From the most inspiring quotes of Davos to the most mind-bending new technologies, these are the posts which attracted the biggest readership on the Forum:Blog over the past year.
1. Top 10 emerging technologies for 2013
Electric cars, 3D printing, self-healing materials… the World Economic Forum’s Global Agenda Council on Emerging Technologies reveals the trends that are transforming industries and changing the way we live.
2. Top 10 quotes of Davos 2013
“As a boy, I studied in the dirt. There was no classroom. Education made me what I am, it made my dream come true. I shared my message with refugee children: Don’t lose hope, study hard. I did it, you can do it too.” Ban Ki-moon, UN Secretary General. Read more thought-provoking quotes from the Annual Meeting 2013 in this digest.
3. Five ways technology can help the economy
Technology doesn’t just destroy jobs; it also opens up new opportunities. The World Economic Forum’s Elena Kvochko explores the economic impact of the digital economy.
4. Top 10 most gender equal countries in the world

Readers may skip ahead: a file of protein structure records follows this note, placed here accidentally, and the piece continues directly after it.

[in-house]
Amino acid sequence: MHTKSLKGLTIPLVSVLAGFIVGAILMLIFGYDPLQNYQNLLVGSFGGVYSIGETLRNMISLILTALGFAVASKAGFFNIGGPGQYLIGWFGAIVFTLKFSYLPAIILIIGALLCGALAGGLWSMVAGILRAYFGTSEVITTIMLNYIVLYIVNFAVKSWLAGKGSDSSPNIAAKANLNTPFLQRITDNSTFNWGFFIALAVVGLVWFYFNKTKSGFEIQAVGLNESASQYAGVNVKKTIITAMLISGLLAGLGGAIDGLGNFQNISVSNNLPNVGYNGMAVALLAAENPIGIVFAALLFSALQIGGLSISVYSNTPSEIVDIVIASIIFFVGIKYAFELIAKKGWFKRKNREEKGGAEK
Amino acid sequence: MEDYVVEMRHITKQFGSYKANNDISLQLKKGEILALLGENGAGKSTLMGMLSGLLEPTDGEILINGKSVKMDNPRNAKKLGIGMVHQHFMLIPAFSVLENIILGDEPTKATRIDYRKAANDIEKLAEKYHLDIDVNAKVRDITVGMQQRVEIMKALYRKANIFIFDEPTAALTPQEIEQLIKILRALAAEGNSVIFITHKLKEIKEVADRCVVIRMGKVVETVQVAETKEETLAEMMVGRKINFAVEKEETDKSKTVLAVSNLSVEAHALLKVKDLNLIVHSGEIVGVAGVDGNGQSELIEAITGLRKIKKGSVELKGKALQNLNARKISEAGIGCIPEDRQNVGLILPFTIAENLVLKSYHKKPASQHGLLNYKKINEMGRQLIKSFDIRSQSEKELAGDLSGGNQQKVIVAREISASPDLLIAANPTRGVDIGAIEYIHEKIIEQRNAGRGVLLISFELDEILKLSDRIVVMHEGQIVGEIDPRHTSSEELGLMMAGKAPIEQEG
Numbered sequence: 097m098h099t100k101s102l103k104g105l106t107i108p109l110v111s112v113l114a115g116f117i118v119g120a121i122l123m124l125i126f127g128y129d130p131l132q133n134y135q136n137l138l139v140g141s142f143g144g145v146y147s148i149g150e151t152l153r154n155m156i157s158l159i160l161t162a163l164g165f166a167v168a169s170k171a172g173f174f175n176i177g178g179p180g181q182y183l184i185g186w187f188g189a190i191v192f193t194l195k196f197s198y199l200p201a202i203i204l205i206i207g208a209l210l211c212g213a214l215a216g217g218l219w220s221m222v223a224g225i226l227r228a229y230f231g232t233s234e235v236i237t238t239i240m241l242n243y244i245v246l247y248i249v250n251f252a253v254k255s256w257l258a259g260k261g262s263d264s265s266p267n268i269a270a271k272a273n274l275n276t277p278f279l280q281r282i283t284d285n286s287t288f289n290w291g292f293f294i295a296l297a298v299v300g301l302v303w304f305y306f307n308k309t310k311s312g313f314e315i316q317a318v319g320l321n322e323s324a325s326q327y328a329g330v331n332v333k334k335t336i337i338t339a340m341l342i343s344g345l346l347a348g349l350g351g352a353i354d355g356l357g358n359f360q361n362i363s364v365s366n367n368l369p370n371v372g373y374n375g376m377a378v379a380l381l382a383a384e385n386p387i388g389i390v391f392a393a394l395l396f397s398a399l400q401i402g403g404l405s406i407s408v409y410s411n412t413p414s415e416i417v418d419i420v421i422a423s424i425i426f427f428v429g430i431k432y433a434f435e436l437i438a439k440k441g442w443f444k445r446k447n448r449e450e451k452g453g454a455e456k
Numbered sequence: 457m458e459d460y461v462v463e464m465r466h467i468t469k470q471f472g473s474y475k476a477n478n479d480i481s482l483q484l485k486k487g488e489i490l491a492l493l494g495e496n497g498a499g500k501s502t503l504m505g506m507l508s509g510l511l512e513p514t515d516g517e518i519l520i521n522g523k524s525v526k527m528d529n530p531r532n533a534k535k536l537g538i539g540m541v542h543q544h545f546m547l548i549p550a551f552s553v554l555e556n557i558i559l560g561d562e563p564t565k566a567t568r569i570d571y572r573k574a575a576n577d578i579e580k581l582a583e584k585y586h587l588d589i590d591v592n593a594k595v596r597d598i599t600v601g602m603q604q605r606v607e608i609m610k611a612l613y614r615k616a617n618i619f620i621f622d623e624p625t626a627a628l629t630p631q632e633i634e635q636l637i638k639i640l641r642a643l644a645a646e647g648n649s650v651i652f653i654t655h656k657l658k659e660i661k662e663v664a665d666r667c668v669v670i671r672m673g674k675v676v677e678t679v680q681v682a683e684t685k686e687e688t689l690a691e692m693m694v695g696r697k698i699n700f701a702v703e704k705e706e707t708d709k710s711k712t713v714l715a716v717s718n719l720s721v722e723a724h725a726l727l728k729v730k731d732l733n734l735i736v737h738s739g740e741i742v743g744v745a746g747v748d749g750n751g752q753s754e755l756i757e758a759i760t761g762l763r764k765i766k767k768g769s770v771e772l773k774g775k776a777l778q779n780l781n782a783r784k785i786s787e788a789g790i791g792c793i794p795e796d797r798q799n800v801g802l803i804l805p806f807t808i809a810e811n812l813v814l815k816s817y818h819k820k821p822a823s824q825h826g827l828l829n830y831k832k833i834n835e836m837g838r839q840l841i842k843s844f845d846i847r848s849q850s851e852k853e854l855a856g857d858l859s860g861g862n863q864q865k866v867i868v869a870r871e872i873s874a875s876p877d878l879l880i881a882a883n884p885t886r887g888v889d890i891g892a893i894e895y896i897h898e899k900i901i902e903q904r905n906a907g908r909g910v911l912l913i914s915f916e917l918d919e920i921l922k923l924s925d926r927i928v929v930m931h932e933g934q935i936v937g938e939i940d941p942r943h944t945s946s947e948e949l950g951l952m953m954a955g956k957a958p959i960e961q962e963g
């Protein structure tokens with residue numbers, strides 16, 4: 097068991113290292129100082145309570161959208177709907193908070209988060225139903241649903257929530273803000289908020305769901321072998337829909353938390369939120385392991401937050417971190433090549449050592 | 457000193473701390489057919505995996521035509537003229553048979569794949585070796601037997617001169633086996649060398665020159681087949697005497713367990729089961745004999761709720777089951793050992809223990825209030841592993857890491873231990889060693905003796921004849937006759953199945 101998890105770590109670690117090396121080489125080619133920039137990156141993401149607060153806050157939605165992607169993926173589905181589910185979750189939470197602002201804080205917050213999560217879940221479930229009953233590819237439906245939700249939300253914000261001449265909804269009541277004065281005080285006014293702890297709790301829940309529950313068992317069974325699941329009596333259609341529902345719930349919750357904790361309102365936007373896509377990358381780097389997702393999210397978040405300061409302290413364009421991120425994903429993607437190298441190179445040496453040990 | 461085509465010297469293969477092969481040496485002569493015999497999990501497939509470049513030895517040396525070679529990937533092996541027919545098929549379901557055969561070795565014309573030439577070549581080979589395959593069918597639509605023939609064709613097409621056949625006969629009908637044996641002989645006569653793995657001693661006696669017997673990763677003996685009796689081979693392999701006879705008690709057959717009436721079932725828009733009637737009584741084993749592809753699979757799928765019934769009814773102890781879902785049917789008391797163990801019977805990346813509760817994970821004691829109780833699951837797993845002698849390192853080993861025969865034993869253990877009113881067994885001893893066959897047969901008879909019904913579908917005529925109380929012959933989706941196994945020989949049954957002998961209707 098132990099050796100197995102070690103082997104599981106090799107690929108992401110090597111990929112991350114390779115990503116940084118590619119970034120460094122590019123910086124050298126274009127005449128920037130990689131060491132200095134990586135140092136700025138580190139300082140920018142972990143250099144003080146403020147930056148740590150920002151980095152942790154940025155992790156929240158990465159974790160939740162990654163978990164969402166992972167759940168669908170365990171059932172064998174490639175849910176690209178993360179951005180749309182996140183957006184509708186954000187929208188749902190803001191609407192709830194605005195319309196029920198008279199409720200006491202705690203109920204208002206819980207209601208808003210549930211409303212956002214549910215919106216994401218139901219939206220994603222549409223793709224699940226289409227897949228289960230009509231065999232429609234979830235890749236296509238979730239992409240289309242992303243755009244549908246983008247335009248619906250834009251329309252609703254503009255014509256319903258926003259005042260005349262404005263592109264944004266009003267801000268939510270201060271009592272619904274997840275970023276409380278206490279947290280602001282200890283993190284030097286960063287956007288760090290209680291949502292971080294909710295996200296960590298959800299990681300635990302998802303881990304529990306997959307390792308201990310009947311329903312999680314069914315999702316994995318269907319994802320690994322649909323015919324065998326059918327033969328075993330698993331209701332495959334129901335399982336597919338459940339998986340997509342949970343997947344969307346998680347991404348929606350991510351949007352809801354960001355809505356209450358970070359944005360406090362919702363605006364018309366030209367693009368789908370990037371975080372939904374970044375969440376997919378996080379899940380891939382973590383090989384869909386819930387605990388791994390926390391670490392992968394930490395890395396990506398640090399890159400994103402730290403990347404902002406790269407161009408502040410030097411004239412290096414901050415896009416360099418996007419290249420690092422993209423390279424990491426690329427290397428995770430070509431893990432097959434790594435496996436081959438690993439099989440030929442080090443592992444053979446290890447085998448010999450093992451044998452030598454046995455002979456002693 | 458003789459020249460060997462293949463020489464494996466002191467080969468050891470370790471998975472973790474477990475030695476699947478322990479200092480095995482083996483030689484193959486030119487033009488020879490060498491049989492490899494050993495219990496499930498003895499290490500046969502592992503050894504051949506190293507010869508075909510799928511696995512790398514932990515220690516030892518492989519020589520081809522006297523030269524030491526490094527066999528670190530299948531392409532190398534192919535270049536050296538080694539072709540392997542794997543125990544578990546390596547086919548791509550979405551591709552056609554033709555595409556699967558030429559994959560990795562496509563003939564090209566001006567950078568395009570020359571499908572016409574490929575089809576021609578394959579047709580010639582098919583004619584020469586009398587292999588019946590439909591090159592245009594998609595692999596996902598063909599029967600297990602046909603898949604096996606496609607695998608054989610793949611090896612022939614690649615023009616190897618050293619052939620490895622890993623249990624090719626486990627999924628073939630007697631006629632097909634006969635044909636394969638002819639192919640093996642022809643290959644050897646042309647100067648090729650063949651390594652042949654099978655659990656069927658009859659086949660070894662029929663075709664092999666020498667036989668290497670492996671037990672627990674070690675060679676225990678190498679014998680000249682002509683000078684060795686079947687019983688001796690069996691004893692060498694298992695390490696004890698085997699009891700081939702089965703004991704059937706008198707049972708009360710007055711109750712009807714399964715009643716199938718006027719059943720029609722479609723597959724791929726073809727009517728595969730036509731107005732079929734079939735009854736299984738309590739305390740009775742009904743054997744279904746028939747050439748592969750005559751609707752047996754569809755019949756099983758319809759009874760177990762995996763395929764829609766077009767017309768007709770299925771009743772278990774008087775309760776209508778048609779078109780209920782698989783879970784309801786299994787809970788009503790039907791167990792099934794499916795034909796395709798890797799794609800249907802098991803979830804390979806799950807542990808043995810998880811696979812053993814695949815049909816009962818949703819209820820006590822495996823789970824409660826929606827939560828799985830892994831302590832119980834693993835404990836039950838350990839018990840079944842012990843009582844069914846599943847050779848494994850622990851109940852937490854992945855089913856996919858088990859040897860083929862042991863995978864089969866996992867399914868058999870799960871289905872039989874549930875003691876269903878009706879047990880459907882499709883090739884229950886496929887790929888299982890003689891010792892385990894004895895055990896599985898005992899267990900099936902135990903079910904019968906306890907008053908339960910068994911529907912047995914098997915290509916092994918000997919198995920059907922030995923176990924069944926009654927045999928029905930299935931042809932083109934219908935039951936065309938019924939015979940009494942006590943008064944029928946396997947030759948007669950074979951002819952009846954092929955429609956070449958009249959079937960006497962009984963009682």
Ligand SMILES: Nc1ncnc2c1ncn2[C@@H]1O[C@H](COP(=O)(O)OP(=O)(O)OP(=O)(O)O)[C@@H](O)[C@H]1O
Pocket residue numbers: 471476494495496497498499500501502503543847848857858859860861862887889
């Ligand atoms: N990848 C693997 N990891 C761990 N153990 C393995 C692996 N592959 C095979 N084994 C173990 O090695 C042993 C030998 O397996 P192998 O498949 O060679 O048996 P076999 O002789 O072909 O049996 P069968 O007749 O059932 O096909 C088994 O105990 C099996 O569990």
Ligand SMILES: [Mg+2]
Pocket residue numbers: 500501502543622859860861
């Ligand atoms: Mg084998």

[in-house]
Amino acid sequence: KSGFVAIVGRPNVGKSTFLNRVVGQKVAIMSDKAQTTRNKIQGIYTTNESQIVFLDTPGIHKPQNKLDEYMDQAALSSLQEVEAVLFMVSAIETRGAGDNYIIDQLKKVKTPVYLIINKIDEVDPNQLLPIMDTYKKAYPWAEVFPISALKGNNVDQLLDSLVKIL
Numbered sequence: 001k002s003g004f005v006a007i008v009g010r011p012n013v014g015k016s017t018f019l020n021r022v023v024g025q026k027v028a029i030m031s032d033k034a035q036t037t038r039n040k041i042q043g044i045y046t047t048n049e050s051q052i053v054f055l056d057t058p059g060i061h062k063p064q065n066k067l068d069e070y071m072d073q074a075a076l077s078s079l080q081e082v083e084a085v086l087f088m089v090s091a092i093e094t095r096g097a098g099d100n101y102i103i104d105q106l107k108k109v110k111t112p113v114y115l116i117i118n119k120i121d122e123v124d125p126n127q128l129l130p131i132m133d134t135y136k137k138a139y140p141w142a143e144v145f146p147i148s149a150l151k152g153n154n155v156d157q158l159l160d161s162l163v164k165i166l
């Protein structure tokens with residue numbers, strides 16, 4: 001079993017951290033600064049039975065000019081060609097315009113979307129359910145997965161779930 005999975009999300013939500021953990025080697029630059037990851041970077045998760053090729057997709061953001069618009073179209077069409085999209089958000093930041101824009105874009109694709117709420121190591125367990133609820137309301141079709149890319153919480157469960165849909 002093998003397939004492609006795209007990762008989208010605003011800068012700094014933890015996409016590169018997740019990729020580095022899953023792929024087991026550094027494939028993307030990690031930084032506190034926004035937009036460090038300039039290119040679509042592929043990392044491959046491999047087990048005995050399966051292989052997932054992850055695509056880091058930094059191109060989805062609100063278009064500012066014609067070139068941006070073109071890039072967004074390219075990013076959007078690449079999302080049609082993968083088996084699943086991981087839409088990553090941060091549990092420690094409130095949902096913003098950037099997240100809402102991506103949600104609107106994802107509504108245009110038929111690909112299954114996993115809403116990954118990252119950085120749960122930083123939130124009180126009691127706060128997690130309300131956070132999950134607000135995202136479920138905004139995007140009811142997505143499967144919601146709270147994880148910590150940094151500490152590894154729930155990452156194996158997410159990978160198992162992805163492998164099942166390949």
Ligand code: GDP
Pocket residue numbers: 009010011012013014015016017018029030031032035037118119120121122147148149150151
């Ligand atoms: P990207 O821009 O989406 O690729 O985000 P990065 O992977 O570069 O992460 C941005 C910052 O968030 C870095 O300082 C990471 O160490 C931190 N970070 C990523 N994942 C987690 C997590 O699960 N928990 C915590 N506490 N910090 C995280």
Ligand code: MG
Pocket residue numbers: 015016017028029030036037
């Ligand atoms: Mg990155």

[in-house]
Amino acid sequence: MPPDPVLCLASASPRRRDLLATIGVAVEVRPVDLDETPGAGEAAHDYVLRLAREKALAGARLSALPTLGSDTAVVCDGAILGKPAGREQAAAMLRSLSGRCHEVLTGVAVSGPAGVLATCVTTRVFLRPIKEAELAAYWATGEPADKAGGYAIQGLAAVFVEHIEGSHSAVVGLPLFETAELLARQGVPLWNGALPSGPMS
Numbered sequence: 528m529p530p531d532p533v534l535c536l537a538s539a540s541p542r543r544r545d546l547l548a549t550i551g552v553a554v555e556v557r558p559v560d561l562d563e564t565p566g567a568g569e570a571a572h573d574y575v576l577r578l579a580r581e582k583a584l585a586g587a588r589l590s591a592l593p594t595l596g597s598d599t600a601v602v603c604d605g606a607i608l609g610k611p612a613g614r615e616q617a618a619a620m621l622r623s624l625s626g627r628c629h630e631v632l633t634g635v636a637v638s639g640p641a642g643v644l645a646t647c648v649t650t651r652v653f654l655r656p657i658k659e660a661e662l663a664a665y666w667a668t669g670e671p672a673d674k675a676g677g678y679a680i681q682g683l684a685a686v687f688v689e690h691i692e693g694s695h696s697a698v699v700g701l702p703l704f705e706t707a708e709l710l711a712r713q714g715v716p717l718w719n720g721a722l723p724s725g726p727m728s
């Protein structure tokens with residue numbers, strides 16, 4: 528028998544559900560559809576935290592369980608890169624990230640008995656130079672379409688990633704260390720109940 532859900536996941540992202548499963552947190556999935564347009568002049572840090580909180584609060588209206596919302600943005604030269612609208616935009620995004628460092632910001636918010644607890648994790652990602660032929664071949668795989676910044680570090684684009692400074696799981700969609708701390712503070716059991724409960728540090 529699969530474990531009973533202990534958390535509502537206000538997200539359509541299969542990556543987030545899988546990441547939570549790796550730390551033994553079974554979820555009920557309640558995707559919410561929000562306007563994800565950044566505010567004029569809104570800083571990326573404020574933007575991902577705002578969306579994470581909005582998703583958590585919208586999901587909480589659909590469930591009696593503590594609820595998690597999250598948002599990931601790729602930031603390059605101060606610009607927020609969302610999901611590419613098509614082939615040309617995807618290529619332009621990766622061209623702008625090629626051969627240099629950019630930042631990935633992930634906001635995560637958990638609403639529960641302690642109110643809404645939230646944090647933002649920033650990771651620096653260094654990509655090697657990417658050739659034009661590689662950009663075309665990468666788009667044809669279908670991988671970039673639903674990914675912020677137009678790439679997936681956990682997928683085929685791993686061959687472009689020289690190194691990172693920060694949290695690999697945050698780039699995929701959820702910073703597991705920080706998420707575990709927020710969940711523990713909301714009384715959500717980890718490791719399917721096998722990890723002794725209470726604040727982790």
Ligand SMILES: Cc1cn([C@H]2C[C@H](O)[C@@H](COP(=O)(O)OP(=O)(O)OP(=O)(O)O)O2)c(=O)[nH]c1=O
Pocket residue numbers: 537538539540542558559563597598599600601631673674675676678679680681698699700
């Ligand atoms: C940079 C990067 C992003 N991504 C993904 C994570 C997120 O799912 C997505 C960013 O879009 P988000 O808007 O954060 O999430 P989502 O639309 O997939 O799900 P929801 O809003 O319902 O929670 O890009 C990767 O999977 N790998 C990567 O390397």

Iceland topped the table in this year’s World Economic Forum Global Gender Gap report, which aims to help countries get rid of the obstacles which hold women back.
5. A creative future for education
Tim Brown, CEO of design firm IDEO, reflects on the importance of nurturing creativity in the education system.
7. How could biotechnology improve your life?
Experts on the World Economic Forum’s Global Agenda Council on Biotechnology highlight incredible trends, from turning waste carbon dioxide into fuel to using regenerative medicine to grow new organs.
8. The world’s top 10 most competitive economies
Switzerland held onto top position in our annual analysis of which economies are geared up for success.
9. Five myths that are hurting entrepreneurship Forget the stereotype of the youthful maverick – entrepreneur Krisztina “Z” Holly debunks common misconceptions about entrepreneurship.
10. How do you measure happiness?
Happier people are healthier, more productive and more resilient. But how can we quantify this elusive quality, ask Paul Dolan and Oliver Harrison.